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Secr*tar T and Trtutrir. W Waixowaa.
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Nvais Branoh Eiohan**. No. 3280
M»aU Branch Eaohango, . No. >45.244
Saturday. December 12, 1914.
Sun. MOD. Tues. Wed. Thur. Fri. Sat.
1 2 3 4 5
6 7 8 9 10 11 12
13 14 15 16 17 18 19
20 21 22 23 24 25 26
27 28 29 30 31
Full Moon, 2nd: Last Quarter, IOth:
New Moon, lflth; First Quarter, 24th.
WEATHER FORECASTS I*"'?**
Harrisburg and vicinity: Fair to- .
night with lowest temperature slightly
below freezing. Sunday increasing ;
cloudiness probably becoming unsettled
Eastern Pennsylvania: Fair to night.
Sundav increasing cloudiness probably S"\>ouJv
beconiing unsettled by night. Moderate
YESTERDAYS TEMPERATURE IN HARRISBTJRG
Highest, o7; lowest, 33: Ba. in., 35; Bp. m., 36.
LET THE LAMBS BEWARE!
With the plan of resuming floor trading in eer- j
tain specified storks on the New York Stock Ex
change put into effect to-day, a step was taken in .
the direction of increasing the activities of the i
banking and commercial interests that have neces
sarily been hampered ever since the Exchange closed
its doors at the start of the European war.
The closing of the Exchange at the opening of i
hostilities was wise and constituted a safeguard for
the market values of American securities which un
doubtedly would have dwindled to points far below
their intrinsic worth as a result of the unloading
thai would have come from abroad. But. at least
in the judgment of the conservative governors of
the Sto-k Exchange, the crisis in financial affairs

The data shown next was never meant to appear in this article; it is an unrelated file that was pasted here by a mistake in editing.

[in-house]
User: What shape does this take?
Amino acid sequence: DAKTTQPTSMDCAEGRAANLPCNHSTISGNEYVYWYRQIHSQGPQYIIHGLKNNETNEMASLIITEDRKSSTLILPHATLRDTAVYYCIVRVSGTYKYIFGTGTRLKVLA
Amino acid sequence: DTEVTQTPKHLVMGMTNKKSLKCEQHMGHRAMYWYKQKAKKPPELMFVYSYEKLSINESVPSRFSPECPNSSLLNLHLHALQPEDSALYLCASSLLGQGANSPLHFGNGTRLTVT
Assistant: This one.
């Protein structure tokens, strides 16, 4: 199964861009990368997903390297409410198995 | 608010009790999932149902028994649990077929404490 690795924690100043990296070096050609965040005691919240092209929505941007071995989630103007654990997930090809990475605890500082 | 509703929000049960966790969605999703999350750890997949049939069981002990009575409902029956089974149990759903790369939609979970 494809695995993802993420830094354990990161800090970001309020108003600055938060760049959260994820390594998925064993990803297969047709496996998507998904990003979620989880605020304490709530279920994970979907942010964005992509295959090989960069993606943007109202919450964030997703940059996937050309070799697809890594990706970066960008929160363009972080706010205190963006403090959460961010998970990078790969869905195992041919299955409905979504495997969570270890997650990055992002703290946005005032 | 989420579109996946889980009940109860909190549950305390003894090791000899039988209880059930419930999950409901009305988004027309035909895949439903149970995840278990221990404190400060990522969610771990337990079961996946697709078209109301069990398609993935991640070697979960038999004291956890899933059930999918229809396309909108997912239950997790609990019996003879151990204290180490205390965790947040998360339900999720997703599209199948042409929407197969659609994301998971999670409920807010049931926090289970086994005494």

that the war brought about has in some measure
passed, and it is safe now to remove many of the
restrictions that were put on trading in stocks.
At the same time the cautious investor will re
double his caution when it comes to a question of
making purely speculative commitments. The Wall
Street wolfs, as represented by the professional
Stock Market gamblers, so long deprived of the
means of support, are hungry and may be counted
ou to be lying in wait for the innocent lambs. In
other words speculative buyers will be wise if they
retrain from placing too much confidence in the
permanency of any decided change, up or down, in
the prices of securities. They should remember
that the professionals are always ready to manipu
late prices to their own advantage and that arti
ficial price movements are often disastrous to those
who are too strongly committed to a prospective
movement of prices in any given direction.
The effect of the war on the world of finance is
by no means entirely eliminated and may be re
fleeted at any time in a big jump upward or down
ward in the prices of stocks and bonds.
GIVE USEFUL PRESENTS!
Resplendent stores in their holiday dress are at
tracting crowds of shoppers these days and will
continue to be filled until the last belated buyers
leave the counters at the eleventh hour. People
seem to be learning the advantages of early Christ
mas buying and advice in that matter has become
more or less unnecessary. Stress needs to be placed
at this time, however, on the good of liberal buying
and the wisdom of selecting useful gifts.